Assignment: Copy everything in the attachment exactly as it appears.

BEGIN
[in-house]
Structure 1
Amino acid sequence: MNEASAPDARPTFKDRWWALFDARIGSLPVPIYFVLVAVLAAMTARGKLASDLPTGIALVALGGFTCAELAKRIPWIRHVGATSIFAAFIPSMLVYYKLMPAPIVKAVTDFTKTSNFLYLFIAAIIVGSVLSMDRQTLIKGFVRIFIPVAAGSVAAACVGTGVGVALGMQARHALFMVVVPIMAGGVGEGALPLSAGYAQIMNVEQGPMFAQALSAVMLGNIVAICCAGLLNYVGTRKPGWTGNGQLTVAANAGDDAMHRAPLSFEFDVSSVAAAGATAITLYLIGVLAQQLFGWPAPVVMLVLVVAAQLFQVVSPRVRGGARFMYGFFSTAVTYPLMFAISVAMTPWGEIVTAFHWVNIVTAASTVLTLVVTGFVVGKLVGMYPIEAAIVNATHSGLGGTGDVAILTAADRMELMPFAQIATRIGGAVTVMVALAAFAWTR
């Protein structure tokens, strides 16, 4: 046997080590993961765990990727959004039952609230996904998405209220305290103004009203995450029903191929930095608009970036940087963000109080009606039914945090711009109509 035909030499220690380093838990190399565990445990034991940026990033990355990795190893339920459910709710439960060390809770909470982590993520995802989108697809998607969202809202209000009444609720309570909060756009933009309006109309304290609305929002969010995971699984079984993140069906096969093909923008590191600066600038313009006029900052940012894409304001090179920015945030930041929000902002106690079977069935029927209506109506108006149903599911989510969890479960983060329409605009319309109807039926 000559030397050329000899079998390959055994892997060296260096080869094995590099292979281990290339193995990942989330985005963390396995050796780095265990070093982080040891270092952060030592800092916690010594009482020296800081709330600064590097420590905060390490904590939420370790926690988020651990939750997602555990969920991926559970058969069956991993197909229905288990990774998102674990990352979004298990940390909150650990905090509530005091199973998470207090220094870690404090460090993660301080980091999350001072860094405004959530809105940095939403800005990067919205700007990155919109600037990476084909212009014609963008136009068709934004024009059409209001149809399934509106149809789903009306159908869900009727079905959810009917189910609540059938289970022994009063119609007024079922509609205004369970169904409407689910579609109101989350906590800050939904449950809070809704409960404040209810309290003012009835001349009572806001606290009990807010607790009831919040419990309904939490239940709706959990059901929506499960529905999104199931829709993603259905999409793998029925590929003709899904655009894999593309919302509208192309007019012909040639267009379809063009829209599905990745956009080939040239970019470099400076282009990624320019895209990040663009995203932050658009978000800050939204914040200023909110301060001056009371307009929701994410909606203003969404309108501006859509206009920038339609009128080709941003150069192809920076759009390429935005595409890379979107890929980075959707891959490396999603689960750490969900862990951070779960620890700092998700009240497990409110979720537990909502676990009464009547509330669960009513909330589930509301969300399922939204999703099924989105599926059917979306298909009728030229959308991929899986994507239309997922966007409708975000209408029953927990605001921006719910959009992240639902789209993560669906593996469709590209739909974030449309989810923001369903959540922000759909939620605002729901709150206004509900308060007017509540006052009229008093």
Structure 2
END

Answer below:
[in-house]
Structure 1
Amino acid sequence: MNEASAPDARPTFKDRWWALFDARIGSLPVPIYFVLVAVLAAMTARGKLASDLPTGIALVALGGFTCAELAKRIPWIRHVGATSIFAAFIPSMLVYYKLMPAPIVKAVTDFTKTSNFLYLFIAAIIVGSVLSMDRQTLIKGFVRIFIPVAAGSVAAACVGTGVGVALGMQARHALFMVVVPIMAGGVGEGALPLSAGYAQIMNVEQGPMFAQALSAVMLGNIVAICCAGLLNYVGTRKPGWTGNGQLTVAANAGDDAMHRAPLSFEFDVSSVAAAGATAITLYLIGVLAQQLFGWPAPVVMLVLVVAAQLFQVVSPRVRGGARFMYGFFSTAVTYPLMFAISVAMTPWGEIVTAFHWVNIVTAASTVLTLVVTGFVVGKLVGMYPIEAAIVNATHSGLGGTGDVAILTAADRMELMPFAQIATRIGGAVTVMVALAAFAWTR
């Protein structure tokens, strides 16, 4: 046997080590993961765990990727959004039952609230996904998405209220305290103004009203995450029903191929930095608009970036940087963000109080009606039914945090711009109509 035909030499220690380093838990190399565990445990034991940026990033990355990795190893339920459910709710439960060390809770909470982590993520995802989108697809998607969202809202209000009444609720309570909060756009933009309006109309304290609305929002969010995971699984079984993140069906096969093909923008590191600066600038313009006029900052940012894409304001090179920015945030930041929000902002106690079977069935029927209506109506108006149903599911989510969890479960983060329409605009319309109807039926 000559030397050329000899079998390959055994892997060296260096080869094995590099292979281990290339193995990942989330985005963390396995050796780095265990070093982080040891270092952060030592800092916690010594009482020296800081709330600064590097420590905060390490904590939420370790926690988020651990939750997602555990969920991926559970058969069956991993197909229905288990990774998102674990990352979004298990940390909150650990905090509530005091199973998470207090220094870690404090460090993660301080980091999350001072860094405004959530809105940095939403800005990067919205700007990155919109600037990476084909212009014609963008136009068709934004024009059409209001149809399934509106149809789903009306159908869900009727079905959810009917189910609540059938289970022994009063119609007024079922509609205004369970169904409407689910579609109101989350906590800050939904449950809070809704409960404040209810309290003012009835001349009572806001606290009990807010607790009831919040419990309904939490239940709706959990059901929506499960529905999104199931829709993603259905999409793998029925590929003709899904655009894999593309919302509208192309007019012909040639267009379809063009829209599905990745956009080939040239970019470099400076282009990624320019895209990040663009995203932050658009978000800050939204914040200023909110301060001056009371307009929701994410909606203003969404309108501006859509206009920038339609009128080709941003150069192809920076759009390429935005595409890379979107890929980075959707891959490396999603689960750490969900862990951070779960620890700092998700009240497990409110979720537990909502676990009464009547509330669960009513909330589930509301969300399922939204999703099924989105599926059917979306298909009728030229959308991929899986994507239309997922966007409708975000209408029953927990605001921006719910959009992240639902789209993560669906593996469709590209739909974030449309989810923001369903959540922000759909939620605002729901709150206004509900308060007017509540006052009229008093």
Structure 2